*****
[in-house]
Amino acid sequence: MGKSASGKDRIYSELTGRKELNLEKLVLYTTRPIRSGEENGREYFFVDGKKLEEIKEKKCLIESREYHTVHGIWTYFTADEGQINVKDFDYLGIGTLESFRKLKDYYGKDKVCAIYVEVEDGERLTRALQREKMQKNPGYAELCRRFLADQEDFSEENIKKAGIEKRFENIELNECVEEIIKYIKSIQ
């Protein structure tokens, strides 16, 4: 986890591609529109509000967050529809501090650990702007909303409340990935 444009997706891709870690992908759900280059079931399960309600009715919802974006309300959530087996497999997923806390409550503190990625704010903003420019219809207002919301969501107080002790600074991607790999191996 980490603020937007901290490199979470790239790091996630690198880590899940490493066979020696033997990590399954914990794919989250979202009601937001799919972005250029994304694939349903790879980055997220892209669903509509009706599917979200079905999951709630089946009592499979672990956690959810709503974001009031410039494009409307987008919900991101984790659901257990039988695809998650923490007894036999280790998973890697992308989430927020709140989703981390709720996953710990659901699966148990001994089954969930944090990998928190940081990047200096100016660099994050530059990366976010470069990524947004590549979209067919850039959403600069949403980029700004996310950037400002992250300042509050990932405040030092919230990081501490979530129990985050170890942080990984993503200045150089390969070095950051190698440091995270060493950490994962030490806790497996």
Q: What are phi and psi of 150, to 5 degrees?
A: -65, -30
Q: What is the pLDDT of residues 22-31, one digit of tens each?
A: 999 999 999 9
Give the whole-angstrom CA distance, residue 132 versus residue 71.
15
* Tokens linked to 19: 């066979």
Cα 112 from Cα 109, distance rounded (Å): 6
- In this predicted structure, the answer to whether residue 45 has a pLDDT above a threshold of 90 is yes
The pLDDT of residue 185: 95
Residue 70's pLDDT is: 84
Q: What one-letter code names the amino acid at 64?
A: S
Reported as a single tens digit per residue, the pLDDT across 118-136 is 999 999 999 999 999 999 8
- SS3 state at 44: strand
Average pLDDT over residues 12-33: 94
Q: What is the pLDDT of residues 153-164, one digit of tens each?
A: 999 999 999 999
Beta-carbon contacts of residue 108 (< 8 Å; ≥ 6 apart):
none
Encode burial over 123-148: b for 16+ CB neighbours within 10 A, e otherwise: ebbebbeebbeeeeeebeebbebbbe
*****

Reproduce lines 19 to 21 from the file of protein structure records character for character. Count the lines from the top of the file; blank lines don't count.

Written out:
Average pLDDT over residues 12-33: 94
Q: What is the pLDDT of residues 153-164, one digit of tens each?
A: 999 999 999 999